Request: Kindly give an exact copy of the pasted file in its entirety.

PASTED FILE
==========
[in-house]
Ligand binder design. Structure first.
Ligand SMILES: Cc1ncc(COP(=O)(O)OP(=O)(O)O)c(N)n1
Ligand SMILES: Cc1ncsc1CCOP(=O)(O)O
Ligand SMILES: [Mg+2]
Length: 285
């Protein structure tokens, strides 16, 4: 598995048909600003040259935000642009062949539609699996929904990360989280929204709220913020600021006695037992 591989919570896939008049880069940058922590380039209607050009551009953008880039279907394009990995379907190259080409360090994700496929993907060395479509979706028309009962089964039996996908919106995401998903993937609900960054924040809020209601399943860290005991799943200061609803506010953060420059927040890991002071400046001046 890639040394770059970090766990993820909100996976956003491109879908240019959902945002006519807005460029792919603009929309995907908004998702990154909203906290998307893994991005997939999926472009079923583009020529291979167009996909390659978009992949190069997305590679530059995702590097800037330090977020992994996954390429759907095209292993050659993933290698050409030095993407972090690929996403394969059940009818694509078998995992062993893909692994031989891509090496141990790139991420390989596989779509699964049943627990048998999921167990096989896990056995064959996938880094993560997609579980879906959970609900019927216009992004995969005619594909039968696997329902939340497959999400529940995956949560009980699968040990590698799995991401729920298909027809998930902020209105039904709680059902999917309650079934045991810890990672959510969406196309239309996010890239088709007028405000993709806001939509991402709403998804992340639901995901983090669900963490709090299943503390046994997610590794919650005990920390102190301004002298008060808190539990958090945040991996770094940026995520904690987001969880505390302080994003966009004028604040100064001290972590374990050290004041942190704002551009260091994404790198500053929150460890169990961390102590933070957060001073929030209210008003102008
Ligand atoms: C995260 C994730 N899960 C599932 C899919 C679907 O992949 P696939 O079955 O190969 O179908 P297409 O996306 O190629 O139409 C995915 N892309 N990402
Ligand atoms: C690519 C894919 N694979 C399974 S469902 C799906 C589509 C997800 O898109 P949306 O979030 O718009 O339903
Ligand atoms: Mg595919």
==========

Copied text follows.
[in-house]
Ligand binder design. Structure first.
Ligand SMILES: Cc1ncc(COP(=O)(O)OP(=O)(O)O)c(N)n1
Ligand SMILES: Cc1ncsc1CCOP(=O)(O)O
Ligand SMILES: [Mg+2]
Length: 285
């Protein structure tokens, strides 16, 4: 598995048909600003040259935000642009062949539609699996929904990360989280929204709220913020600021006695037992 591989919570896939008049880069940058922590380039209607050009551009953008880039279907394009990995379907190259080409360090994700496929993907060395479509979706028309009962089964039996996908919106995401998903993937609900960054924040809020209601399943860290005991799943200061609803506010953060420059927040890991002071400046001046 890639040394770059970090766990993820909100996976956003491109879908240019959902945002006519807005460029792919603009929309995907908004998702990154909203906290998307893994991005997939999926472009079923583009020529291979167009996909390659978009992949190069997305590679530059995702590097800037330090977020992994996954390429759907095209292993050659993933290698050409030095993407972090690929996403394969059940009818694509078998995992062993893909692994031989891509090496141990790139991420390989596989779509699964049943627990048998999921167990096989896990056995064959996938880094993560997609579980879906959970609900019927216009992004995969005619594909039968696997329902939340497959999400529940995956949560009980699968040990590698799995991401729920298909027809998930902020209105039904709680059902999917309650079934045991810890990672959510969406196309239309996010890239088709007028405000993709806001939509991402709403998804992340639901995901983090669900963490709090299943503390046994997610590794919650005990920390102190301004002298008060808190539990958090945040991996770094940026995520904690987001969880505390302080994003966009004028604040100064001290972590374990050290004041942190704002551009260091994404790198500053929150460890169990961390102590933070957060001073929030209210008003102008
Ligand atoms: C995260 C994730 N899960 C599932 C899919 C679907 O992949 P696939 O079955 O190969 O179908 P297409 O996306 O190629 O139409 C995915 N892309 N990402
Ligand atoms: C690519 C894919 N694979 C399974 S469902 C799906 C589509 C997800 O898109 P949306 O979030 O718009 O339903
Ligand atoms: Mg595919």